Project seeking to enhance patients’ speech awarded 5-year NIH grant

Researchers to develop ways to boost conversational abilities in Parkinson's

Patricia Inácio, PhD avatar

by Patricia Inácio, PhD |

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A research project to help enhance communication for individuals with Parkinson’s disease has been awarded a multimillion-dollar grant.

The five-year grant from the National Institute on Deafness and Other Communication Disorders, a branch of the National Institutes of Health (NIH), was given to a team of researchers led by Stephanie Borrie, PhD, associate professor of communicative disorders and director of the Human Interaction Lab at Utah State University (USU).

Speech difficulties, from an unusually quiet voice to poor articulation and a monotonous rhythm, are among the earliest and most common symptoms of Parkinson’s disease.

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Project to analyze hundreds of conversations between patients and others

However, “despite the fact that conversation is challenging for people with Parkinson’s disease, we really don’t have a lot of research on what is going on and how to improve it,” Borrie said in a university press release. “We want to help people with Parkinson’s disease feel more confident, heard and engaged in their everyday interactions.”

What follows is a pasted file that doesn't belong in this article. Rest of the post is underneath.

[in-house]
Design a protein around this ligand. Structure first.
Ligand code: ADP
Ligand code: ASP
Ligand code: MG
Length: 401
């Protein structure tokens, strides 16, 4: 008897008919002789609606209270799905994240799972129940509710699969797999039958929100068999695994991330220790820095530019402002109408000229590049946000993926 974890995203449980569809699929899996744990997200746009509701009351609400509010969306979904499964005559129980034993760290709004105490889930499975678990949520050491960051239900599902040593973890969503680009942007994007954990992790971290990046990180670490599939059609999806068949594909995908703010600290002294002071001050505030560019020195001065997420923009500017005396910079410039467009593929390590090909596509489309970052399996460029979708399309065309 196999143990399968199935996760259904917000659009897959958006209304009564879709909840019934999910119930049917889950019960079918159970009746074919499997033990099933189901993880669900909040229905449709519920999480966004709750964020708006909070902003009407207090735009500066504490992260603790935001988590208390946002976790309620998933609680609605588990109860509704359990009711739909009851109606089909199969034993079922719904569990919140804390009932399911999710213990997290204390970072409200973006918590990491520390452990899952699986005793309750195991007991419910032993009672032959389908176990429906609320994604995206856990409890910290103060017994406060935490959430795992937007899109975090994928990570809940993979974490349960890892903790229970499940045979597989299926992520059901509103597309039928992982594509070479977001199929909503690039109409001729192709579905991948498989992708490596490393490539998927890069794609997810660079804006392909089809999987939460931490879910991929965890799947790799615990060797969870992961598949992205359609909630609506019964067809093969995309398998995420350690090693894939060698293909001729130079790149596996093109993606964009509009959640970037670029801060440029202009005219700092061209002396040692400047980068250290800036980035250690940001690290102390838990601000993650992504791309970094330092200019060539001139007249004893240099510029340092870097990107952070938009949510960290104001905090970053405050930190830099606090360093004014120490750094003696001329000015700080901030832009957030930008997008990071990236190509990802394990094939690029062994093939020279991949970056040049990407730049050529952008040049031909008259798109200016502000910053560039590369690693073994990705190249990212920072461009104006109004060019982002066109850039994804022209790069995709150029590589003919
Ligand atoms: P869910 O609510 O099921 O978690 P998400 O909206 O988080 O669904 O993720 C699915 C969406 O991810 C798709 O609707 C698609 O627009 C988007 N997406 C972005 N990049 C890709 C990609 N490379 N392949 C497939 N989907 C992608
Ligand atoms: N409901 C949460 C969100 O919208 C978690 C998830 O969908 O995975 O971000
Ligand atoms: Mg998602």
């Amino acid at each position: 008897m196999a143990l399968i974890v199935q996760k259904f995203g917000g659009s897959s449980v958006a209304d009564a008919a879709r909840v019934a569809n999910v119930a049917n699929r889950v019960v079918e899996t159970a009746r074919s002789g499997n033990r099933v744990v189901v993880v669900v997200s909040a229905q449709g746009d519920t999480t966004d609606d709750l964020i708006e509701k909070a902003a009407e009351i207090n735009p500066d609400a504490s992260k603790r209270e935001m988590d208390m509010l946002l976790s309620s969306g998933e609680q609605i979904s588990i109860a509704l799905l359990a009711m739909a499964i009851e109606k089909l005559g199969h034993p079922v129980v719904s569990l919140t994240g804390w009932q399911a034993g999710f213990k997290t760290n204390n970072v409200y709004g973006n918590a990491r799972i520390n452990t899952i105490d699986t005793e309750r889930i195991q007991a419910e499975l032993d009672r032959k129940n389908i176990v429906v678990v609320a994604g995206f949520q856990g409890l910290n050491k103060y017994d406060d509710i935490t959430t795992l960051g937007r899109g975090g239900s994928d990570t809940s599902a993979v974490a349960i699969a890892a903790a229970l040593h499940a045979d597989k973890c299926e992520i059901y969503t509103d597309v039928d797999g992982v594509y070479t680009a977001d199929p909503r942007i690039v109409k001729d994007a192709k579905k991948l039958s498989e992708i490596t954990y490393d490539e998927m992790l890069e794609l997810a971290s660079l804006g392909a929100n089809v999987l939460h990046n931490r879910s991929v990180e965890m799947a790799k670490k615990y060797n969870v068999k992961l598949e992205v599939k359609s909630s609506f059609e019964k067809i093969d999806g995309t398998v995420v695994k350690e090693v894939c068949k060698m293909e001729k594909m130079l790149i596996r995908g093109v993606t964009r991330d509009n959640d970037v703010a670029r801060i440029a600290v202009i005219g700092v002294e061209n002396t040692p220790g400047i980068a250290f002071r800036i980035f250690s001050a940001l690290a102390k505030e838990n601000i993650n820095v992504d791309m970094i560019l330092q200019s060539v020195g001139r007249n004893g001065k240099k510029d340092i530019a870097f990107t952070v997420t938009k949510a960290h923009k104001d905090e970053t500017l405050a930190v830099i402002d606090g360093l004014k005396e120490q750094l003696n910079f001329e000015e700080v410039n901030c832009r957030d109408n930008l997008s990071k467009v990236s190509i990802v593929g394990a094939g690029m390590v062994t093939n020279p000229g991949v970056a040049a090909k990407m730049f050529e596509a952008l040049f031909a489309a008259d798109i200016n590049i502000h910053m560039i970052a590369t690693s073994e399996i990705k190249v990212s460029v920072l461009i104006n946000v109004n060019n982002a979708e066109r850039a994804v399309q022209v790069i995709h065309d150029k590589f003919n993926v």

The team plans to analyze hundreds of conversations, observing interactions between participants and their loved ones, as well as with strangers. Additionally, the study will encompass conversations with varying goals, such as problem-solving and relationship-building.

A conversation is a dynamic and deeply cooperative joint activity, Borrie noted. As such, to pinpoint the factors impairing its dynamic flow, the researchers will analyze behaviors and patterns of Parkinson’s patients and their conversational partners.

“Good conversation is co-created by both partners,” Borrie said. “In order to effectively address conversation, we need to look at the system, not just the person with Parkinson’s disease.”

We want to help people with Parkinson’s disease feel more confident, heard and engaged in their everyday interactions.

The project is conducted in collaboration with researchers specializing in speech science, signal processing, and computational modeling. Collaborators include Tyson Barrett, PhD, a research assistant professor at USU, along with Julie Liss, PhD, and Visar Berisha, PhD, both at Arizona State University.

Ultimately, the team’s objectives are to gain insights into the barriers and facilitators of communication for people diagnosed with Parkinson’s and develop evidence-based interventions to enhance their conversational abilities.

“And who knows,” Borrie added, “maybe we’ll uncover some surprising insights about how we could all have better conversations along the way.”